“Okay.” He handed over a thousand. “Not going to add an extra for me? I saw you slip a buns to the young girl who ordered a sponge cake, a doughnut to the boy who flirted outrageously with you, and two fish pies to the chubby-faced twins. I figured it was giveaway Saturday.”
Anya chuckled, enjoying his humour. “If it is, then maybe I should have you pay for more things I’ll be giving away.”
“In that case, here’s another thousand.” He passed a single bill and took his order. “So, changed your mind about being my companion?”
“I didn’t know you were asking me to fill in the spot.”
“Well, Nkechi’s unavailable, so I guess I am. What do you say?”
She wanted to say yes. But that was because the glint in his eyes made her feel reckless. “No. That’s what I say. Now, have a nice day, Saz.”
“I don’t want to accept no is your answer. But you’ve got work and I’ve got to get off the line, so we let it be the answer for now.” He shot a wink before he turned. “See you, Anya.”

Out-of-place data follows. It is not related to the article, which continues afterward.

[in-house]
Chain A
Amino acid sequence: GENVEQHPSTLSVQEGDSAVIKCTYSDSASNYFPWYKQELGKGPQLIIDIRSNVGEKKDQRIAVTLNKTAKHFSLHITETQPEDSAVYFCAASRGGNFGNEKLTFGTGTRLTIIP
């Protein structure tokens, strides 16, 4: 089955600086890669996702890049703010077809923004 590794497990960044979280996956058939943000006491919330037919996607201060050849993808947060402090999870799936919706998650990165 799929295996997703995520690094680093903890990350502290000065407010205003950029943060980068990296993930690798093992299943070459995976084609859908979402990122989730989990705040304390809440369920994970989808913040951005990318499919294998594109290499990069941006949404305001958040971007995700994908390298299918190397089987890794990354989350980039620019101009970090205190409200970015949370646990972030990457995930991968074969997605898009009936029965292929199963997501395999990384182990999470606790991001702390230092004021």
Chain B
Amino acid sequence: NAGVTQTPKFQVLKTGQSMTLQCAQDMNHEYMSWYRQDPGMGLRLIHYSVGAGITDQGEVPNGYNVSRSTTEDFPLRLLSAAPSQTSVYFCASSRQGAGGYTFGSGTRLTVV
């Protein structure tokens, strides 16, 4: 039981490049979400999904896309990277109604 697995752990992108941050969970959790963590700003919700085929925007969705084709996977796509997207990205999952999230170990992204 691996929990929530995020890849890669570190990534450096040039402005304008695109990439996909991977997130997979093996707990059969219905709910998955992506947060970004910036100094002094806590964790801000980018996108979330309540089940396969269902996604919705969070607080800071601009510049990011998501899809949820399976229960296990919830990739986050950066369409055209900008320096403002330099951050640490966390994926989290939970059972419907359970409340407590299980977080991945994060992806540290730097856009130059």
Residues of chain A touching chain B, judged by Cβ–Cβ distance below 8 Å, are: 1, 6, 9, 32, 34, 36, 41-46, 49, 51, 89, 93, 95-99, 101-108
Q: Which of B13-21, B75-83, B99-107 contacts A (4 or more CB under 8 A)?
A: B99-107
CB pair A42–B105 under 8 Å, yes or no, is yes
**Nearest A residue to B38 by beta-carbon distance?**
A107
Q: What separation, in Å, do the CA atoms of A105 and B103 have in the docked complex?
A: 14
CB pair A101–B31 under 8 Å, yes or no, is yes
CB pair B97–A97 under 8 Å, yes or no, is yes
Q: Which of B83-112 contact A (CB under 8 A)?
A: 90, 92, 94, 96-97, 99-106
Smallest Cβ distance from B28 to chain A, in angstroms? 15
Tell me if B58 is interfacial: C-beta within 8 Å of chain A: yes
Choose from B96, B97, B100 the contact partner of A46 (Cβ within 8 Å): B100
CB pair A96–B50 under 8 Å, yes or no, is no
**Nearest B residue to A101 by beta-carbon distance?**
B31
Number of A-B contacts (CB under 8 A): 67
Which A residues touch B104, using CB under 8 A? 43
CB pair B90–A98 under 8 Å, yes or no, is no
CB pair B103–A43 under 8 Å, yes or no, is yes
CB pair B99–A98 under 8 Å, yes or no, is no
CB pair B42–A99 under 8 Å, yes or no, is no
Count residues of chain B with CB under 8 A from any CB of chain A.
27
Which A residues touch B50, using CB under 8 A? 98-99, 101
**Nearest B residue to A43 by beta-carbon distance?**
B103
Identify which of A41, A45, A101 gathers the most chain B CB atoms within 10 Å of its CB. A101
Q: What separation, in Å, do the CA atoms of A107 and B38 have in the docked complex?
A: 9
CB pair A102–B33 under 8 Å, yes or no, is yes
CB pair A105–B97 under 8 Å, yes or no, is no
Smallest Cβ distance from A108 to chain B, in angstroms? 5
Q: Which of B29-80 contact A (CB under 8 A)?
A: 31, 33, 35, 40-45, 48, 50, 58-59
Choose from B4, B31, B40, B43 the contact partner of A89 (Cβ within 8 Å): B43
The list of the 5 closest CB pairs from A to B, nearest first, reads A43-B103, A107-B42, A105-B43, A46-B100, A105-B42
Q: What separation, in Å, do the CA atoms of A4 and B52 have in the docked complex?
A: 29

It took some effort to tear her gaze off him and focus on the next customer in line. “Good afternoon, what can I get you?”
“If we spend fifteen minutes chatting with every customer, imagine the kind of crowd and chaos we’ll have here,” Nkechi grumbled when they both hit the fridge at the same time to get drinks.
“We barely chatted for seven minutes,” Anya retorted, completed that sale and turned attention to another customer. “And stop being grumpy and smile at customers. It’s called customer service.”
“Swift service and not keeping customers waiting are also part of customer service. You remember that when next he swaggers over.”
“He doesn’t swagger. If he did though, he would still be good looking.” Anya grinned and gave her an elbow jab. “You do notice he’s good looking, don’t you? A good looking man who was kind enough to drop one thousand three hundred and fifty naira to fund a couple of giveaways.”
Nkechi snorted. “Anyone can give out some change when they want something, it doesn’t mean they’re being kind.”
“Well, I think it’s kind. I think he’s good looking. And I think your customer is waiting for you.”